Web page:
It seems intuitive that the more children are exposed to electronic media, the less they are inclined to spend time interacting with the physical world or seek the outdoors. We can all attest to this through our own experiences and knowledge of the children and clients we deal with. Between automation, centralized food processing, digital media, and limited availability of outdoor education and experience, we are raising a generation of sedentary children who are virtually disconnected from and unaware of the natural world.
This last statement is significant for three important reasons, all of which are relevant to the discussion of childhood academic and behavioural concerns. The lack of DSM classification notwithstanding, practitioners must recognize that full and complete child development requires nourishment through an environment and experiences that produced this current model of human. This includes the full gamut from healthy food from natural sources, to open spaces for running and obstacles for climbing, and a vast laboratory for making messes, dropping things, and most certainly breaking things. The nervous system learns to integrate sensory, motor, and cognitive functions only by experiencing physical experiences that provide multimodal interactions with the physical world – there is no virtual reality alternative.
Firstly, a sedentary lifestyle is clearly not a good health indicator, and a poorly maintained engine will simply not perform as well in the classroom. Poor diets and sleep habits contribute to irritability, poor tolerance of sustained tasks. Growing vegetables and turning them into culinary delights not only teaches children respect for the land and how to eat well, they learn important visuomotor skills that prepare little hands for the finer motor control required for writing.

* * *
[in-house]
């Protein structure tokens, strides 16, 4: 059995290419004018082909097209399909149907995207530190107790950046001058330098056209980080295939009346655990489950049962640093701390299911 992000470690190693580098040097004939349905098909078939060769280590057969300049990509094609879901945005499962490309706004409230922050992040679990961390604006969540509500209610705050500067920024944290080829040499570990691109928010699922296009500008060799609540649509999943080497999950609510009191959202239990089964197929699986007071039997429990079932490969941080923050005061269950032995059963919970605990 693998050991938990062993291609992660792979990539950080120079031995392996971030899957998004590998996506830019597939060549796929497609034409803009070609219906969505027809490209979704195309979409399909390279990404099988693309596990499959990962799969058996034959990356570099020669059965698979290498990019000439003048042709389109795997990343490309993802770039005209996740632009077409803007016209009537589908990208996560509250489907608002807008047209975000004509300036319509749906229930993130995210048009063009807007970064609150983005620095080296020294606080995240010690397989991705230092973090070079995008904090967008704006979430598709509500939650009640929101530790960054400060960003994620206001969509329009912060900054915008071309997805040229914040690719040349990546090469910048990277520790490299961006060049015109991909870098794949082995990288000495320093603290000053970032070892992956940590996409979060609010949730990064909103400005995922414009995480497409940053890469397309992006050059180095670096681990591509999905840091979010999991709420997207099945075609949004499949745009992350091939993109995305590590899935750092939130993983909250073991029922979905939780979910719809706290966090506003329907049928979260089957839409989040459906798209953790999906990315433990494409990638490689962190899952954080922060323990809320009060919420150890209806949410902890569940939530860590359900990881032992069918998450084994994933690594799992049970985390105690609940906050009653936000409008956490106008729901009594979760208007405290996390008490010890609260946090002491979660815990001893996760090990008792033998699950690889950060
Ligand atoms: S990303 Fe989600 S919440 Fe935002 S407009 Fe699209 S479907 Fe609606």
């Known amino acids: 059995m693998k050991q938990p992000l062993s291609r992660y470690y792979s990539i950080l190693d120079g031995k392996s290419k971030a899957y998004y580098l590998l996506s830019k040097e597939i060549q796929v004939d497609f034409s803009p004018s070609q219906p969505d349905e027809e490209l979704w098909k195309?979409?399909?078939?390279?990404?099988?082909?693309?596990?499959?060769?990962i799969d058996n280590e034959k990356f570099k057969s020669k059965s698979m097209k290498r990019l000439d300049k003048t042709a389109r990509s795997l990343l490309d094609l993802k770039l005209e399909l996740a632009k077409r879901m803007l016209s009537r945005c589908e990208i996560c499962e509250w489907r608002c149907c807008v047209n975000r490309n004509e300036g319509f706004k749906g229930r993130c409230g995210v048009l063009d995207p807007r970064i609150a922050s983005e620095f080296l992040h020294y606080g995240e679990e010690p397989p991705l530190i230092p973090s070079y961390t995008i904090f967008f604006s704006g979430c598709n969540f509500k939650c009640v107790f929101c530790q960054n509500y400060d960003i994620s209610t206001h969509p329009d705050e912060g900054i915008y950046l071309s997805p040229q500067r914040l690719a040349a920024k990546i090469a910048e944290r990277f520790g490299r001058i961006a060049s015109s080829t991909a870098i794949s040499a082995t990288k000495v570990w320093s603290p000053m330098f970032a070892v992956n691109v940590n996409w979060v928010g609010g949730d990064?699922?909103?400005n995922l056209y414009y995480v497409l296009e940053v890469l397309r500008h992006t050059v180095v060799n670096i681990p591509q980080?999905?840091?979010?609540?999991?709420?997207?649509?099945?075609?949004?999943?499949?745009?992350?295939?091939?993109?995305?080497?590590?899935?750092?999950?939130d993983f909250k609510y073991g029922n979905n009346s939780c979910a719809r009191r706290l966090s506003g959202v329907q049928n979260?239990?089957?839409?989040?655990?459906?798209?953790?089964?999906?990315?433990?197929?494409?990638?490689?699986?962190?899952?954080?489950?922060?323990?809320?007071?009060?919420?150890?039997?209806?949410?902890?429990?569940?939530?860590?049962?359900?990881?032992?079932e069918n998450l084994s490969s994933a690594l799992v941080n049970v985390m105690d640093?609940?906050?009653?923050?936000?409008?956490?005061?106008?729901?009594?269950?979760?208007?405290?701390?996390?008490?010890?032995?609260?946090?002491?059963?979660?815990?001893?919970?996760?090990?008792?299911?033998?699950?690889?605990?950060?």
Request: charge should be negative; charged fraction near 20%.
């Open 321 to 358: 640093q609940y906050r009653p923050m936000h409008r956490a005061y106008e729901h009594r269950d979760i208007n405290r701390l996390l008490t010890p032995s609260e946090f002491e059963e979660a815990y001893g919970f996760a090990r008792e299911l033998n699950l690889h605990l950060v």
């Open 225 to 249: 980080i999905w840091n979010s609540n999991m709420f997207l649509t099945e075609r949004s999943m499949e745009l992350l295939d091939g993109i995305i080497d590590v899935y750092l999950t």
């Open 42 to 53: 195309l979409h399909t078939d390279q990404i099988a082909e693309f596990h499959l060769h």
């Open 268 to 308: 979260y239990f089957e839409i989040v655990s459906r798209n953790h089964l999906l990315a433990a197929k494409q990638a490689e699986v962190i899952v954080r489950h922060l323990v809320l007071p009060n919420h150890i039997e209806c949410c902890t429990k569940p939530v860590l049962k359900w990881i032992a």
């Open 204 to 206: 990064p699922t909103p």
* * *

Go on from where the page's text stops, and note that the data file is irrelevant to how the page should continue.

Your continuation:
What is most important with respect to reading, learning, and vision, is that children have a diminishing/diminished exposure to the physical world, and this prevents full development of spatial awareness, locomotor control and integration, and balance. These elements are critical for development of fine motor control and visual targeting. We are, in effect, over-loading our children visually on the one hand, then removing their chance of developing strong vision on the other. This is why locomotor, spatial awareness, and balance training are critical to learning therapies – and why most text-based learning therapies are of limited value.
In the Children and Nature Network report “Children’s Nature Deficit: What We Know – and Don’t Know”, the authors report a number of observations regarding children’s health, knowledge of nature, and relative exposure to the outdoors. The main findings and the full report can be found HERE.